The Australian government is looking to speed up the purchase of a new generation of sea mines to protect its ports amid growing concern over China’s military build-up and expanding influence in the Pacific.
The Department of Defence said in a statement Monday the “smart” sea mines would be able to discriminate between military targets and other shipping vessels and be “a significant deterrent to potential aggressors.”
The news was first reported by Australia’s Nine newspapers on Monday, which said the cost could be as much as A$1 billion ($700 million) although the final total was still considered confidential. The department did not release information on the cost of the mines.
Australia has sought to bolster its military forces in recent years to help counter China’s rapid military expansion in the region. In the past year, there were at least two reported incidents of confrontations between Australian and Chinese forces, including one just off Australia’s north coast.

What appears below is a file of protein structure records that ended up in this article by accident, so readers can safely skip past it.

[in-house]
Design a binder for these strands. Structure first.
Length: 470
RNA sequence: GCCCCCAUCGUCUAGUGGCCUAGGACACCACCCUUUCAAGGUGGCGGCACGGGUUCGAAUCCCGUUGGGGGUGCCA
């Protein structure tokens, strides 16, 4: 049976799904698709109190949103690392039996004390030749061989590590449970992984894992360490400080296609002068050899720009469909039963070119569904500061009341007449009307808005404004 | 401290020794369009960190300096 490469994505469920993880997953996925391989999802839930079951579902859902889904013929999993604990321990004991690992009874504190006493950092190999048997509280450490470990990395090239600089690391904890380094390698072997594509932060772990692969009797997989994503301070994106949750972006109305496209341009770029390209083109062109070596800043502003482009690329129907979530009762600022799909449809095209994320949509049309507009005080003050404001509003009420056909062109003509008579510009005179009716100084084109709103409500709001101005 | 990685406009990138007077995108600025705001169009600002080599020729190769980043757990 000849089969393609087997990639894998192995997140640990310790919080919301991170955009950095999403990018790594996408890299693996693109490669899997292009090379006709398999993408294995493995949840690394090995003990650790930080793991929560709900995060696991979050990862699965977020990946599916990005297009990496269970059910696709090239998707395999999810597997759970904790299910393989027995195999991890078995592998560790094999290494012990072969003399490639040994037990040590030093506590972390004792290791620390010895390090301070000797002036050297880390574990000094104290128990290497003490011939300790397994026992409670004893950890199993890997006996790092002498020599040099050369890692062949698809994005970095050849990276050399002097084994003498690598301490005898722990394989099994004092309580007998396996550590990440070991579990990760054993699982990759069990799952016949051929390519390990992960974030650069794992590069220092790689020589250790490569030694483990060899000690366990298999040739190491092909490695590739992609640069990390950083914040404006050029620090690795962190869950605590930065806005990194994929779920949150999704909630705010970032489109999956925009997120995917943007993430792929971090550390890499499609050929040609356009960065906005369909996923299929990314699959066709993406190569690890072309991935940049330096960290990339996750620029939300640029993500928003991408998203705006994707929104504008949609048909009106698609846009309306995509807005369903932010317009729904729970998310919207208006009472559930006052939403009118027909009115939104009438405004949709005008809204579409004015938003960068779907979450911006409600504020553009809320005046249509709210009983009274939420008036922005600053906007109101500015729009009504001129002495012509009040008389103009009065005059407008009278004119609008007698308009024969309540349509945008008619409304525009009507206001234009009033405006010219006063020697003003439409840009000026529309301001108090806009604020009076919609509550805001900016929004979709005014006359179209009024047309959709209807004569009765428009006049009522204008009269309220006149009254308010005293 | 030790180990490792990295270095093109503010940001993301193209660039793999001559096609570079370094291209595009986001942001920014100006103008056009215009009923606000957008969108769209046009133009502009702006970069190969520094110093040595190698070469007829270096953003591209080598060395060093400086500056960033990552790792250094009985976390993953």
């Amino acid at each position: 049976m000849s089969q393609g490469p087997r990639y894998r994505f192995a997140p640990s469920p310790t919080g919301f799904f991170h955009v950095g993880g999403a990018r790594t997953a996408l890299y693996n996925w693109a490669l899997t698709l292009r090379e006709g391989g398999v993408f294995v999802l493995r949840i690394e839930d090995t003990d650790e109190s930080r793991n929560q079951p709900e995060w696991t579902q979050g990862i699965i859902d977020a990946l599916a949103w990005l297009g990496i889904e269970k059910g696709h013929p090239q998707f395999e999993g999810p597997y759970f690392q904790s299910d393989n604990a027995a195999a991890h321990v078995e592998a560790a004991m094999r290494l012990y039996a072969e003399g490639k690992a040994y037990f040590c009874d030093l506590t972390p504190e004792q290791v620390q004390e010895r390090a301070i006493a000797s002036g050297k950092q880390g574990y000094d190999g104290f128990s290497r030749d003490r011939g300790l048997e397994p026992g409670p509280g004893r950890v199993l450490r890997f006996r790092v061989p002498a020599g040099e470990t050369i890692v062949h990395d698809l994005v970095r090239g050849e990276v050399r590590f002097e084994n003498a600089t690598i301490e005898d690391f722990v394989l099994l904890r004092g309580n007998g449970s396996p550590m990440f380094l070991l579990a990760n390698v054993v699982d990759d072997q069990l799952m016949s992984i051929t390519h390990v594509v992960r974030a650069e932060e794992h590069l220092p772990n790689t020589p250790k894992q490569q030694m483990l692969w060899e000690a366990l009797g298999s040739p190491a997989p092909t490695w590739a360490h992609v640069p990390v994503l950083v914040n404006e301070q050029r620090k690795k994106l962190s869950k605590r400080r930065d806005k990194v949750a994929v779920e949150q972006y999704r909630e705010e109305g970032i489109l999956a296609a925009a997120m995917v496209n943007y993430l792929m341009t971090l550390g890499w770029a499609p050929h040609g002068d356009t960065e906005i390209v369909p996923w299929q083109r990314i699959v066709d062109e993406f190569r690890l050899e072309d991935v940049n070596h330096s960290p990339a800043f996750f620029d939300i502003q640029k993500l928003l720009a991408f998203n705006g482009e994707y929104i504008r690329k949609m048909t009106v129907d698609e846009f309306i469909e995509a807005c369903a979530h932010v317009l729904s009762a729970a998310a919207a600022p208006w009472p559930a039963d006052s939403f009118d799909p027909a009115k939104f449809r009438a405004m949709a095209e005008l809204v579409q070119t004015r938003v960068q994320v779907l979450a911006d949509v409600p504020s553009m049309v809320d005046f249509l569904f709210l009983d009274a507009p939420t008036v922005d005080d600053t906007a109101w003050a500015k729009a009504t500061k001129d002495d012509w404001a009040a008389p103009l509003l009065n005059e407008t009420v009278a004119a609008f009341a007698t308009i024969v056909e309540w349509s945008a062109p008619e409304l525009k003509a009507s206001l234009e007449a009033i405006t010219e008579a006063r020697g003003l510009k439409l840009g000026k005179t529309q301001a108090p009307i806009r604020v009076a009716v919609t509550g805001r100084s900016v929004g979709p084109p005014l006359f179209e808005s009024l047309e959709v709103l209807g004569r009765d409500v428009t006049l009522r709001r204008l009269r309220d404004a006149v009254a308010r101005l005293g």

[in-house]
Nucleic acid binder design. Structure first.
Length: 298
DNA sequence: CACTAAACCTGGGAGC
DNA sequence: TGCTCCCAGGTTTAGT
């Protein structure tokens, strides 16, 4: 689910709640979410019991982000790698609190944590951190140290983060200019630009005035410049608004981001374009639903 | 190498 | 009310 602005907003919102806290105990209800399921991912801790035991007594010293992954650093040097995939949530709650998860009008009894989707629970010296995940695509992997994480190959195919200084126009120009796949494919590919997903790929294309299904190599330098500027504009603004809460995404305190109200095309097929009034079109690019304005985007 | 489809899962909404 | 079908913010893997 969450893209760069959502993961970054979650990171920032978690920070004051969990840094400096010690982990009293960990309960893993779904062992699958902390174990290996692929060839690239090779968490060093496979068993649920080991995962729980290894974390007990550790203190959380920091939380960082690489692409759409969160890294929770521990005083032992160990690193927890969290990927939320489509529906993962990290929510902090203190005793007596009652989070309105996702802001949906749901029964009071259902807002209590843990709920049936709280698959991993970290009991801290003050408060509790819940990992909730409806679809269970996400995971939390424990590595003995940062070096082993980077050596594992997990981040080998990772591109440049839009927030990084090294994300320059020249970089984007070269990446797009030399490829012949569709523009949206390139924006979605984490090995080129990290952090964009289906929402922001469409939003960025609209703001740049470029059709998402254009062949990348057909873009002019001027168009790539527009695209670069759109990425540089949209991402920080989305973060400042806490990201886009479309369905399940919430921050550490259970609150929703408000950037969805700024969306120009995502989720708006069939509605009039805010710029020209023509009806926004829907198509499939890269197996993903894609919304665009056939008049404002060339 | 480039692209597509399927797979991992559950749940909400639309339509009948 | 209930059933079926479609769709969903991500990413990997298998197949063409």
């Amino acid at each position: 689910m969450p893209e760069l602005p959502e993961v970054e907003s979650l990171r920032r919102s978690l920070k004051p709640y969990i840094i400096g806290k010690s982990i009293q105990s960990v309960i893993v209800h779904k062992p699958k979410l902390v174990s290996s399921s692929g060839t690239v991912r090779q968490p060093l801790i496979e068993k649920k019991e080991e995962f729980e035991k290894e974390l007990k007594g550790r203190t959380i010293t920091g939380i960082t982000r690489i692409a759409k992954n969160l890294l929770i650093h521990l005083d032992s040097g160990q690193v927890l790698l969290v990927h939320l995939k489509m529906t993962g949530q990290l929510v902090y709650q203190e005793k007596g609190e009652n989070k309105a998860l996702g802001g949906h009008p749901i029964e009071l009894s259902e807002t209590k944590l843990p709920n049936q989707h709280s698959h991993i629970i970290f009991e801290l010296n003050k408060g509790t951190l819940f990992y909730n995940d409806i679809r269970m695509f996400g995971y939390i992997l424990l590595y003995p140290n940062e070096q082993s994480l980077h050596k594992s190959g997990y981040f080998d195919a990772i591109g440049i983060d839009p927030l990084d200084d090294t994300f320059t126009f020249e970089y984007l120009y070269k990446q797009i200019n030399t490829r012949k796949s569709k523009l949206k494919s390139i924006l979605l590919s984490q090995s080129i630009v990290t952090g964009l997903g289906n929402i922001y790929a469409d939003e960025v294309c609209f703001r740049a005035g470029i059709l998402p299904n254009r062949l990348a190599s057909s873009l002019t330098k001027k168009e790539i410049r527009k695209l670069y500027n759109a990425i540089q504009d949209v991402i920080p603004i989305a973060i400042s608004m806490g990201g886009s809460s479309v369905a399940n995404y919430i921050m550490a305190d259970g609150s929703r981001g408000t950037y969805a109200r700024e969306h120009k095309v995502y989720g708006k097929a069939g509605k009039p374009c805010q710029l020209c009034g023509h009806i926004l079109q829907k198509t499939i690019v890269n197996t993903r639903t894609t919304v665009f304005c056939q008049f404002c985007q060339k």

At the same time, Beijing has broadened its diplomatic footprint in the Pacific, signing a security agreement with the Solomon Islands that could see Chinese warships docked just 2,000 kilometers (1,200 miles) from the Australian mainland.
Australia is currently in negotiations with the US and the UK to acquire a fleet of nuclear submarines by 2040 as part of the wide-reaching AUKUS security partnership. An announcement on the design of the new vessels is expected within months.